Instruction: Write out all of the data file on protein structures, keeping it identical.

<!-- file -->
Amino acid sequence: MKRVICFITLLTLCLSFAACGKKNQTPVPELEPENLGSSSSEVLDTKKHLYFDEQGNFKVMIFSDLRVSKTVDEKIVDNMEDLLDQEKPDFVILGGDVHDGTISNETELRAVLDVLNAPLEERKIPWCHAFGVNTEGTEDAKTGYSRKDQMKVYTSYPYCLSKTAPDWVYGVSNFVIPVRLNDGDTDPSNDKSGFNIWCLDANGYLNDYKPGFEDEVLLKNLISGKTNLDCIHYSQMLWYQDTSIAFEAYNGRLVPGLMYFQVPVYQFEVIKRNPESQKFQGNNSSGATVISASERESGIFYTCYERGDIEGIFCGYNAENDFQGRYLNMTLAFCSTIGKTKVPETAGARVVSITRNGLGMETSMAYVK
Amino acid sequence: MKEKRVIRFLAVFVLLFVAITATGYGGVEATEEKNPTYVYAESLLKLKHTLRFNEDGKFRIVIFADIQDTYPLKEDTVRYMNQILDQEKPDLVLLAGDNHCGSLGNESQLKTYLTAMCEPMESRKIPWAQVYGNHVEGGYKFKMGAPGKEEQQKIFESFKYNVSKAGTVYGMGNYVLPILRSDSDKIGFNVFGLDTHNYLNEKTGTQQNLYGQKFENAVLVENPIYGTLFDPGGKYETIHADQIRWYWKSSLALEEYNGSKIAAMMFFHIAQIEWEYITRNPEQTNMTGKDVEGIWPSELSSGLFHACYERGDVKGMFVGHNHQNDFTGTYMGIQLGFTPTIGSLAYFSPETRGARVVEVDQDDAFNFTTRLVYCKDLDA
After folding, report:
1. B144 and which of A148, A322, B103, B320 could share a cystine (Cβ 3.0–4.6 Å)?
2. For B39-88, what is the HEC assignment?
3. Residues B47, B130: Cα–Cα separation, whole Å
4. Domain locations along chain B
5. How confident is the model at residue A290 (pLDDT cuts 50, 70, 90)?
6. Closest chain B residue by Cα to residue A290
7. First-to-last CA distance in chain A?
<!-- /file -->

Amino acid sequence: MKRVICFITLLTLCLSFAACGKKNQTPVPELEPENLGSSSSEVLDTKKHLYFDEQGNFKVMIFSDLRVSKTVDEKIVDNMEDLLDQEKPDFVILGGDVHDGTISNETELRAVLDVLNAPLEERKIPWCHAFGVNTEGTEDAKTGYSRKDQMKVYTSYPYCLSKTAPDWVYGVSNFVIPVRLNDGDTDPSNDKSGFNIWCLDANGYLNDYKPGFEDEVLLKNLISGKTNLDCIHYSQMLWYQDTSIAFEAYNGRLVPGLMYFQVPVYQFEVIKRNPESQKFQGNNSSGATVISASERESGIFYTCYERGDIEGIFCGYNAENDFQGRYLNMTLAFCSTIGKTKVPETAGARVVSITRNGLGMETSMAYVK
Amino acid sequence: MKEKRVIRFLAVFVLLFVAITATGYGGVEATEEKNPTYVYAESLLKLKHTLRFNEDGKFRIVIFADIQDTYPLKEDTVRYMNQILDQEKPDLVLLAGDNHCGSLGNESQLKTYLTAMCEPMESRKIPWAQVYGNHVEGGYKFKMGAPGKEEQQKIFESFKYNVSKAGTVYGMGNYVLPILRSDSDKIGFNVFGLDTHNYLNEKTGTQQNLYGQKFENAVLVENPIYGTLFDPGGKYETIHADQIRWYWKSSLALEEYNGSKIAAMMFFHIAQIEWEYITRNPEQTNMTGKDVEGIWPSELSSGLFHACYERGDVKGMFVGHNHQNDFTGTYMGIQLGFTPTIGSLAYFSPETRGARVVEVDQDDAFNFTTRLVYCKDLDA
After folding, report:
1. B144 and which of A148, A322, B103, B320 could share a cystine (Cβ 3.0–4.6 Å)?
2. For B39-88, what is the HEC assignment?
3. Residues B47, B130: Cα–Cα separation, whole Å
4. Domain locations along chain B
5. How confident is the model at residue A290 (pLDDT cuts 50, 70, 90)?
6. Closest chain B residue by Cα to residue A290
7. First-to-last CA distance in chain A?